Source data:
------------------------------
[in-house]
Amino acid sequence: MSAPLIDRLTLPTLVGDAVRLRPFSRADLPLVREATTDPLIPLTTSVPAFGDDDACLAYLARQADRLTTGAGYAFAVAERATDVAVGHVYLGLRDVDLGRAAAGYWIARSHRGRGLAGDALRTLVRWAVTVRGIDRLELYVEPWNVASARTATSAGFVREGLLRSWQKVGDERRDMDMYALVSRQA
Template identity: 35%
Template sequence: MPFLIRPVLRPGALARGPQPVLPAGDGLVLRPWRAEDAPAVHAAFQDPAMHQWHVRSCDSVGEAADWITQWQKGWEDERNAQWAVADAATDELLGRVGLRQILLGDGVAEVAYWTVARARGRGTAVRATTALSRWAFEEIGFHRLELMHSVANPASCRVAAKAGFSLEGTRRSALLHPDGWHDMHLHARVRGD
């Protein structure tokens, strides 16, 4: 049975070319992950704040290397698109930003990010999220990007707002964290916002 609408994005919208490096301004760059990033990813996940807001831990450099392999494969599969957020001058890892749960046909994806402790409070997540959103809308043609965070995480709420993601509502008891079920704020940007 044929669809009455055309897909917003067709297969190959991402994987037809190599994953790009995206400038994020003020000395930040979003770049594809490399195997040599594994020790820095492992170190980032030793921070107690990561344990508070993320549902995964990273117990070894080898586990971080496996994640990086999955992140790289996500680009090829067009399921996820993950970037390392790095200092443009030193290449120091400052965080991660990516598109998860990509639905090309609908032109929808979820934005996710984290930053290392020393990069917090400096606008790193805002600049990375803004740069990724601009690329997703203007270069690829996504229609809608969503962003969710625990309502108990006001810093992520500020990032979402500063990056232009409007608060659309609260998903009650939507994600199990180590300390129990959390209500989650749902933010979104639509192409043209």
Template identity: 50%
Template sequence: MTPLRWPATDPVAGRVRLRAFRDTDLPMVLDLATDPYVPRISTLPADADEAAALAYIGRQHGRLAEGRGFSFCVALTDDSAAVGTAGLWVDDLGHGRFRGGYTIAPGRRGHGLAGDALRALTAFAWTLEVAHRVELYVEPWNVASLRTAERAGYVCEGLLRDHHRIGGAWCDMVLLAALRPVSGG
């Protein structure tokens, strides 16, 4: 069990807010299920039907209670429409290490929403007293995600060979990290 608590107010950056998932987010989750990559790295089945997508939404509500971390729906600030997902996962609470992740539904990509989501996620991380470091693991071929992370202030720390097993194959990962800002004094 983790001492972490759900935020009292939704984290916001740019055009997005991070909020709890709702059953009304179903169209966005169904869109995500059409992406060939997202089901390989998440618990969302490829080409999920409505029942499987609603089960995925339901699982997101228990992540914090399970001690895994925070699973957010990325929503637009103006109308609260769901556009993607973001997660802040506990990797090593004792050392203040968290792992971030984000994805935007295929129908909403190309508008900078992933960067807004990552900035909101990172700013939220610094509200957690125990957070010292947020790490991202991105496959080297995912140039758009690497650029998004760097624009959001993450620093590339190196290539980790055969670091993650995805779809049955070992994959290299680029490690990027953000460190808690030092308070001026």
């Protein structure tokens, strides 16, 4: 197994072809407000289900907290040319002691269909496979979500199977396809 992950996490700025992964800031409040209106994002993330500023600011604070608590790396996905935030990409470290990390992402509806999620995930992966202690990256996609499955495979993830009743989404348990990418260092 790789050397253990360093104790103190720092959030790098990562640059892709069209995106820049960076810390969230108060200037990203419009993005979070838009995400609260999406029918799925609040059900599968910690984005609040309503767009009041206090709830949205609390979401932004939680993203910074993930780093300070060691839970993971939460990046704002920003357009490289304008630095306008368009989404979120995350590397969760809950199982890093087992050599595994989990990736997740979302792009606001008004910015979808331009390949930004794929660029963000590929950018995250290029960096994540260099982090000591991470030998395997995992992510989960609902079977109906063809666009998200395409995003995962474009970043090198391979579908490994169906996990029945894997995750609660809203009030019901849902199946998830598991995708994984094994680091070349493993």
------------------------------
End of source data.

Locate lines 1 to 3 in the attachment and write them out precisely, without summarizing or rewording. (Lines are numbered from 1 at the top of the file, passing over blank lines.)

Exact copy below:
[in-house]
Amino acid sequence: MSAPLIDRLTLPTLVGDAVRLRPFSRADLPLVREATTDPLIPLTTSVPAFGDDDACLAYLARQADRLTTGAGYAFAVAERATDVAVGHVYLGLRDVDLGRAAAGYWIARSHRGRGLAGDALRTLVRWAVTVRGIDRLELYVEPWNVASARTATSAGFVREGLLRSWQKVGDERRDMDMYALVSRQA
Template identity: 35%